World Health Organization, or WHO (Marti, de Cola, Dumolard, Duclos); Dalhousie University, IWK Health Centre and Canadian Center for Vaccinology (MacDonald)
Vaccine hesitancy is defined as a delay in acceptance or refusal of vaccines despite available vaccination services. Measuring vaccine hesitancy and its determinants worldwide can clarify the scope of the problem and help guide the development of evidence-based strategies to address it. This paper examines 2 indicators that were developed to capture the nature and scope of vaccine hesitancy at the national and subnational level.
The Decade of Vaccines (DoV) Global Vaccine Action Plan (GVAP) 2011–2020 set 6 Strategic Objectives for the decade, with proposed indicators to monitor and evaluate progress. The Strategic Advisory Group of Experts (SAGE) on Immunization Working Group on Vaccine Hesitancy developed 2 new indicators for the second Strategic Objective: Individuals and communities understand the value of vaccines and demand immunisation as both their right and responsibility. These indicators were as follows:
- The top 3 reasons for not accepting vaccines according to the national schedule in the past year and whether the response was opinion or assessment-based; and
- Whether an assessment (or measurement) of the level of confidence in vaccination had taken place at national or subnational level in the previous 5 years.
In an effort to monitor the existence, global progress, and related determinants of vaccine hesitancy, the World Health Organization (WHO) and United Nations Children's Fund (UNICEF) included the vaccine hesitancy indicators in the Joint Reporting Form (JRF) to collect country data for 2014 (referred to as 2014 JRF data). The JRF is a standardised questionnaire that is sent to all 194 WHO/UNICEF Member States on an annual basis. Most often, it is national immunisation managers who complete the questionnaire.
The main factors influencing vaccine hesitancy in each country in 2014 were analysed using both quantitative and qualitative methods. As a means of interpretation, the responses were categorised according to the matrix of determinants developed by the SAGE Working Group on Vaccine Hesitancy (see Figures 2-4 in the paper on pages 3-4). The matrix of determinants displays the specific drivers influencing the behavioural decision to accept, delay, or reject some or all vaccines in 3 different categories: contextual influences, individual and group influences, and vaccine and vaccination-specific influences. (The WHO matrix of determinants was demonstrated to be robust, as only a few factors identified in the survey fell outside of the scope of the matrix.) The analysis focused on low- and lower-middle-income countries with the largest population size, which are the priority countries for WHO.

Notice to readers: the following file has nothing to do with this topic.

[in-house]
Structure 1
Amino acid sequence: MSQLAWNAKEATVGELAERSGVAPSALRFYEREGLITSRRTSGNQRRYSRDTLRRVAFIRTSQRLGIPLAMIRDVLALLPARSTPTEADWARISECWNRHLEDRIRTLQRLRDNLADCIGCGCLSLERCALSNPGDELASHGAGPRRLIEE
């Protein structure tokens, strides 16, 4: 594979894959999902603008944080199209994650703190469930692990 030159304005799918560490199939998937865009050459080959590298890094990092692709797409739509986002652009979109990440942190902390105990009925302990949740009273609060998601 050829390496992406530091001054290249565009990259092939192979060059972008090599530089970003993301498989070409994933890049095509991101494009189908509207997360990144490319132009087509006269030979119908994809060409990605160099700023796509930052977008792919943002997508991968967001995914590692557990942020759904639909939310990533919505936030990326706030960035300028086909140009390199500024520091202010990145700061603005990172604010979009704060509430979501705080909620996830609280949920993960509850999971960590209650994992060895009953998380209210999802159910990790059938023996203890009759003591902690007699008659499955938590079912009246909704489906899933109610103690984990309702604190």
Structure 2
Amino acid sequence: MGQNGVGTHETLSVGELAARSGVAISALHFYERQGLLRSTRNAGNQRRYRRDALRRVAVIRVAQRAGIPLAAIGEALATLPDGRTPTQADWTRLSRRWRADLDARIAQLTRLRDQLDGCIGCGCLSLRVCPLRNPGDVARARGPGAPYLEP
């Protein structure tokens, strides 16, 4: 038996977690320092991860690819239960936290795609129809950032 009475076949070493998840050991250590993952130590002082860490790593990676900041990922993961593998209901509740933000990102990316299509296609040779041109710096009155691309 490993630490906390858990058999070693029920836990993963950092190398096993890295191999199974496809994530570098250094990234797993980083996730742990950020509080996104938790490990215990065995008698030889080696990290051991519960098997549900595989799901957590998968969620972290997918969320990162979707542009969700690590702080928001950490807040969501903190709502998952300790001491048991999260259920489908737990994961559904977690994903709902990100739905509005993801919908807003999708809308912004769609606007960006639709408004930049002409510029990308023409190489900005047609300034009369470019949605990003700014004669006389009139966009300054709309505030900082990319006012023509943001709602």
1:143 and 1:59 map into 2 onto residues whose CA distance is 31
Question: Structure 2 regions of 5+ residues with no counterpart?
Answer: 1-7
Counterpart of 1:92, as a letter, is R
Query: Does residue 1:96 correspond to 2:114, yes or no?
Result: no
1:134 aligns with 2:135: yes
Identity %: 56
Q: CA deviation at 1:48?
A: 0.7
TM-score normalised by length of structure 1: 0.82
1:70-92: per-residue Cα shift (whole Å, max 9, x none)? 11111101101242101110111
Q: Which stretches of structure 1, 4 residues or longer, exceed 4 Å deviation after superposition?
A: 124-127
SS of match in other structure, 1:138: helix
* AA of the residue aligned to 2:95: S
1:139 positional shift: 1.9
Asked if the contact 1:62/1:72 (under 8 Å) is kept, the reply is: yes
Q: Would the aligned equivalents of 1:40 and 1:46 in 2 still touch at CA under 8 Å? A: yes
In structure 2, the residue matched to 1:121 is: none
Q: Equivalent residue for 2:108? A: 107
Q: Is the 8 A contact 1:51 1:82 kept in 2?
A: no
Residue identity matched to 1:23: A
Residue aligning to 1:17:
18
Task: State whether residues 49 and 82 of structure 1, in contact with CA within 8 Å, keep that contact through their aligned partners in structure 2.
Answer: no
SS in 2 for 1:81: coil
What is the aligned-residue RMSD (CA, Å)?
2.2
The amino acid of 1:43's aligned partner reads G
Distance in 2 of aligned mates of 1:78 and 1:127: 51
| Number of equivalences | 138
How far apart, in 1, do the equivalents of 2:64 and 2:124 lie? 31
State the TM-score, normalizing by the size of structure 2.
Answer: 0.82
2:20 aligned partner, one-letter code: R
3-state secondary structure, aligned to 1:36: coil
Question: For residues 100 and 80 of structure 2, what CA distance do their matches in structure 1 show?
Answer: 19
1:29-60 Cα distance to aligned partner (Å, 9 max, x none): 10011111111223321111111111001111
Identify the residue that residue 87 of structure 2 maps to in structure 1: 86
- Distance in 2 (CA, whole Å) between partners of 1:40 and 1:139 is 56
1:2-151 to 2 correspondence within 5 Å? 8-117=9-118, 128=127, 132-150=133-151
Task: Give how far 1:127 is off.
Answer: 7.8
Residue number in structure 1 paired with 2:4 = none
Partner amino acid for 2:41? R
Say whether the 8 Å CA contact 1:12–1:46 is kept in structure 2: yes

The findings from the 2014 JRF data survey are consistent with previous observations that vaccine hesitancy varies by time, place, and vaccine. Overall, however, the results highlight specific factors contributing to vaccine hesitancy across regions and suggest that vaccine hesitancy affects all countries regardless of income status. Major issues were fear of side effects, distrust in vaccination, and lack of information on immunisation or immunisation services. The most frequently cited reasons for vaccine hesitancy globally related to: